Judge: Same-sex couples face ‘concrete’ harm if order had been stayed

TRENTON – In ruling against the Christie administration’s request for a stay of her Sept. 27 ruling permitting gay weddings in New Jersey as of Oct. 21, Judge Mary Jacobson rejected the state’s argument that it would suffer irreparable harm.

“The state ignores the largely abstract nature of the harm it alleges,” Jacobson ruled today, “which pales in comparison to the concrete harm caused to plaintiffs by their current ineligibility for many federal marital benefits.”

Jacobson ruled last month that New Jersey’s civil union law could not stand in light of the U.S. Supreme Court’s ruling earlier this year against the Defense of Marriage Act.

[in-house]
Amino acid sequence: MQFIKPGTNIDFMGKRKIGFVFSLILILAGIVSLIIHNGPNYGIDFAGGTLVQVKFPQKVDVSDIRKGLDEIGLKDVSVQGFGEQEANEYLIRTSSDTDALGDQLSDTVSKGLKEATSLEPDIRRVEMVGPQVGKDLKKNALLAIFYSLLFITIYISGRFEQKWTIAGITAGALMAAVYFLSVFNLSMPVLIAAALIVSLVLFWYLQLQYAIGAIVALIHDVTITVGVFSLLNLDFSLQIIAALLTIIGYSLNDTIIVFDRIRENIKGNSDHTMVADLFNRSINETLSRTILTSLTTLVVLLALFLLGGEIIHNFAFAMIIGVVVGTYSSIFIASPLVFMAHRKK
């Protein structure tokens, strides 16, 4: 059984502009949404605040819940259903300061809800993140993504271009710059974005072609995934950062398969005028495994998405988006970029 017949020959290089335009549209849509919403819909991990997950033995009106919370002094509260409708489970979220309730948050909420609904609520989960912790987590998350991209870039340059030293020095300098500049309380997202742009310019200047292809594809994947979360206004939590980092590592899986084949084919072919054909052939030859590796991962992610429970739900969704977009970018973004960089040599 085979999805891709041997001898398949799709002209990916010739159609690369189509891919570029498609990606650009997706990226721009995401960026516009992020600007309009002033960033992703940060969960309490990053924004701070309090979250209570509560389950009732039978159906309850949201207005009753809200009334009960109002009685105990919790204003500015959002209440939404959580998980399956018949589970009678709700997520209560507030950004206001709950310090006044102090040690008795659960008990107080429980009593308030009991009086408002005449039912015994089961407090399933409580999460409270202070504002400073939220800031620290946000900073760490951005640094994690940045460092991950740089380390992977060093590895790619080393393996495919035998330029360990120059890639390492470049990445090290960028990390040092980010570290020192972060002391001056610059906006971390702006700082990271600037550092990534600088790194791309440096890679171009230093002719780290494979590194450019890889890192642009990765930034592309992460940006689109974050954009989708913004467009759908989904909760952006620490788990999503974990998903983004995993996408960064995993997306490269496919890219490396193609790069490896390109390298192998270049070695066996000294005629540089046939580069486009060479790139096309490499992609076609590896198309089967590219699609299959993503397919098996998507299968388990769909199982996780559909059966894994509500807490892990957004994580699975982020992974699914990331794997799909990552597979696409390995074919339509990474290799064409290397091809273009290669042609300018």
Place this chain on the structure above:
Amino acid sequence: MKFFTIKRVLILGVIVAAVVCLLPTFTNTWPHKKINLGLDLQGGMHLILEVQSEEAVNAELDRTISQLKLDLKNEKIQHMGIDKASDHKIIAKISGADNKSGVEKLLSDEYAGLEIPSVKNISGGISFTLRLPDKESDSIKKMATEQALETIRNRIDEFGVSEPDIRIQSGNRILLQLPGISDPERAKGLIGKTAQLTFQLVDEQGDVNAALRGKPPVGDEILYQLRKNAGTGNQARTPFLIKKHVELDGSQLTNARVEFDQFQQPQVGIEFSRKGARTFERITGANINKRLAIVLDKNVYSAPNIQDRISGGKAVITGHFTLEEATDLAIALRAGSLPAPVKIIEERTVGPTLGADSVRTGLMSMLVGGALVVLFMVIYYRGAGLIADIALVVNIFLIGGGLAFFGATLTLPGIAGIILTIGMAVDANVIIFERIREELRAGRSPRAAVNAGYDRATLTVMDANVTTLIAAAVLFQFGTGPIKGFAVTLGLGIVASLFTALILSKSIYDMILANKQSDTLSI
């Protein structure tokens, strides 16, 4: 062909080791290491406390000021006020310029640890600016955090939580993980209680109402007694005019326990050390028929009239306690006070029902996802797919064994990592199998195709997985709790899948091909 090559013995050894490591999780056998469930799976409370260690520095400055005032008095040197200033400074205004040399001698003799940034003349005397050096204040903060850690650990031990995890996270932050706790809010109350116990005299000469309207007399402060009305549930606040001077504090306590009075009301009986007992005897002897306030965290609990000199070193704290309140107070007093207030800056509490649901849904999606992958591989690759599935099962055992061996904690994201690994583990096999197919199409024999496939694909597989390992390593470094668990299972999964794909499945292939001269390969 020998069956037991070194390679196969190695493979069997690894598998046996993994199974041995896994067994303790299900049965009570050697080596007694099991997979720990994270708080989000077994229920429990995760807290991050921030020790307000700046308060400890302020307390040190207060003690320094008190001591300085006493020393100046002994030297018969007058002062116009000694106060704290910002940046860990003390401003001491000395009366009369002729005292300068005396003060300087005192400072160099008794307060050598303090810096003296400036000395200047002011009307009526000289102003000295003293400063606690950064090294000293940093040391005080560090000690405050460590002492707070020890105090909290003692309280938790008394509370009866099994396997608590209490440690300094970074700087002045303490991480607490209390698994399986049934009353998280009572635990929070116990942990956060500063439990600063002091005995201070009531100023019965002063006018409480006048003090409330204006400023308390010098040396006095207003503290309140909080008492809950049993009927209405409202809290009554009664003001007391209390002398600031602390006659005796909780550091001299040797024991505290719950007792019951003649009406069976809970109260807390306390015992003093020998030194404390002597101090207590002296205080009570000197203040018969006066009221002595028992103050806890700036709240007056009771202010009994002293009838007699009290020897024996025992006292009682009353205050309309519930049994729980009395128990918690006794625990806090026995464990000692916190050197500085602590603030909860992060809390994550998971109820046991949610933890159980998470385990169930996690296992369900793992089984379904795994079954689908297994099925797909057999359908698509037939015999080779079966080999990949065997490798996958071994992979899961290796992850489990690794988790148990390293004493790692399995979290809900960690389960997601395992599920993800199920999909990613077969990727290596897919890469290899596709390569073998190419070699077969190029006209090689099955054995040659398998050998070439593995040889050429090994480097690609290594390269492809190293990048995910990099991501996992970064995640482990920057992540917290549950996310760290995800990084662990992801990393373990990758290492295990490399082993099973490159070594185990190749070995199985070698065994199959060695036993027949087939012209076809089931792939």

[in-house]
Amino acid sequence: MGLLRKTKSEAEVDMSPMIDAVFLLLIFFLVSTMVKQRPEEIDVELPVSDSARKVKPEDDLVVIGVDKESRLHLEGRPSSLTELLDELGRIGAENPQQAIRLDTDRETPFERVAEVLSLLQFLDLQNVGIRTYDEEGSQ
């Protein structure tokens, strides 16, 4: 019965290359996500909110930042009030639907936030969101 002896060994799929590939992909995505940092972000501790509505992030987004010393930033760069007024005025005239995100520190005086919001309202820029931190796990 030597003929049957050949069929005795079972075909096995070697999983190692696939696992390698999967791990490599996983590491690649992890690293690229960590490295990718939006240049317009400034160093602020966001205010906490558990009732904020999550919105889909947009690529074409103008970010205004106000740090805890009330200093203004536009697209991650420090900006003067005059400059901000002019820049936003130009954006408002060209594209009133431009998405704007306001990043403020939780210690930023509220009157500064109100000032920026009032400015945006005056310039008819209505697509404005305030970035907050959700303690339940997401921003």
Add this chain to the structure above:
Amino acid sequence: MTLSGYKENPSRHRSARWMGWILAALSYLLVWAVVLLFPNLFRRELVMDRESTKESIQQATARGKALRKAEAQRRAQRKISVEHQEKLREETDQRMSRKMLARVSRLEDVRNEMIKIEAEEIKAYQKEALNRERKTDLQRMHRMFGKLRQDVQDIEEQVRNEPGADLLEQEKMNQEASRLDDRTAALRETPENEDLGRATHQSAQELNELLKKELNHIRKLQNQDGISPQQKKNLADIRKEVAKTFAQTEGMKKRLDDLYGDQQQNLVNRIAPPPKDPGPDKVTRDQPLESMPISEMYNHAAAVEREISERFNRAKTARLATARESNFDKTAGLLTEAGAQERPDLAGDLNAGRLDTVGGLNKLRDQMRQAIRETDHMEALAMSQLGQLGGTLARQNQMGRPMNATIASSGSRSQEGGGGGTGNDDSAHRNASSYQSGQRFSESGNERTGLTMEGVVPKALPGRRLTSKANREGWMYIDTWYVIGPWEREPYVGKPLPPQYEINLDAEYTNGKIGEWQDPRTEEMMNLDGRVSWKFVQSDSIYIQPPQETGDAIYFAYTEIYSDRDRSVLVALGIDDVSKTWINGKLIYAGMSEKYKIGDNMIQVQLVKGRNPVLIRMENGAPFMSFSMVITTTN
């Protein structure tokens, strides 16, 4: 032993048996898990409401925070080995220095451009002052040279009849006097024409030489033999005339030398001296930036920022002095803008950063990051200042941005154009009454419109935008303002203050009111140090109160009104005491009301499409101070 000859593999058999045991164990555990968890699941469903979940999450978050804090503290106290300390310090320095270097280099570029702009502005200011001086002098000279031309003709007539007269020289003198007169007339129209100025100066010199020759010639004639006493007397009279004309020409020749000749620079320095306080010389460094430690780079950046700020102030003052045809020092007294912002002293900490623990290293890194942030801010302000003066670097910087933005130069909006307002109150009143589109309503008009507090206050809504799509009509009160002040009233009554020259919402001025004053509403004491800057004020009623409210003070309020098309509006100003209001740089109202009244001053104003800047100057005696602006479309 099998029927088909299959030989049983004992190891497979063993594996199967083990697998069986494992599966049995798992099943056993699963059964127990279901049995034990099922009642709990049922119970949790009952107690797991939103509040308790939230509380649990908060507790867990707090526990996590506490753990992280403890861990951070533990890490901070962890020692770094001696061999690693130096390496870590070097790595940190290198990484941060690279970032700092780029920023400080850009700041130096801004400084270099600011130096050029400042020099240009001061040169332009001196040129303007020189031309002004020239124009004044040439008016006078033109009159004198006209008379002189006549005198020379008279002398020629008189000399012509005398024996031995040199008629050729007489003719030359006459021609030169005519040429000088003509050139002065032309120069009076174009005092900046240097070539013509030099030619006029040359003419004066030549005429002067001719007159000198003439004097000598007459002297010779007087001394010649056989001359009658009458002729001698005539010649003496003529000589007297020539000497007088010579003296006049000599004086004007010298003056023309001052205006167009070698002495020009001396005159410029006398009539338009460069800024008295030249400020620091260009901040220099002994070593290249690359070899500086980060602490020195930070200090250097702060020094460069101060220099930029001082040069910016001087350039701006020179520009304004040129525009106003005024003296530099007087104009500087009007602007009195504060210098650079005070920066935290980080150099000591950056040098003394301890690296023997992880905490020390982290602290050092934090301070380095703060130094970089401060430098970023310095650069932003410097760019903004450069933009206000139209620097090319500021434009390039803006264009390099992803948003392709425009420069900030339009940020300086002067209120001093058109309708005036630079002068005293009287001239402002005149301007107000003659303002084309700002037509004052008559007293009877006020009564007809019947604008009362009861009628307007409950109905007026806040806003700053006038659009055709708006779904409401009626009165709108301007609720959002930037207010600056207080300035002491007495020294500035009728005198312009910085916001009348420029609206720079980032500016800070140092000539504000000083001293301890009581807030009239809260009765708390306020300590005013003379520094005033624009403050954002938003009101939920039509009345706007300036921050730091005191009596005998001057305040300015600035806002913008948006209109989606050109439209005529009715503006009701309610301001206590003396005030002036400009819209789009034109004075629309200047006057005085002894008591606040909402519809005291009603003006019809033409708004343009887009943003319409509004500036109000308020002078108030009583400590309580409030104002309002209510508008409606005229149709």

Both sides in this controversy have asked the state Supreme Court to immediately take up the case, but the court has not issued a decision yet.

The state sought a stay of Jacobson’s ruling pending high court review, but Jacobson today nixed that request.

The judge in her ruling said that if a stay had been granted, the couples seeking to marry would continue to suffer rights violations for however long it takes courts to resolve the issue.

In addition, in her 17-page decision, the judge said “the state does not have a likelihood of succeeding on appeal.”

Judge: Same-sex couples face ‘concrete’ harm if order had been stayed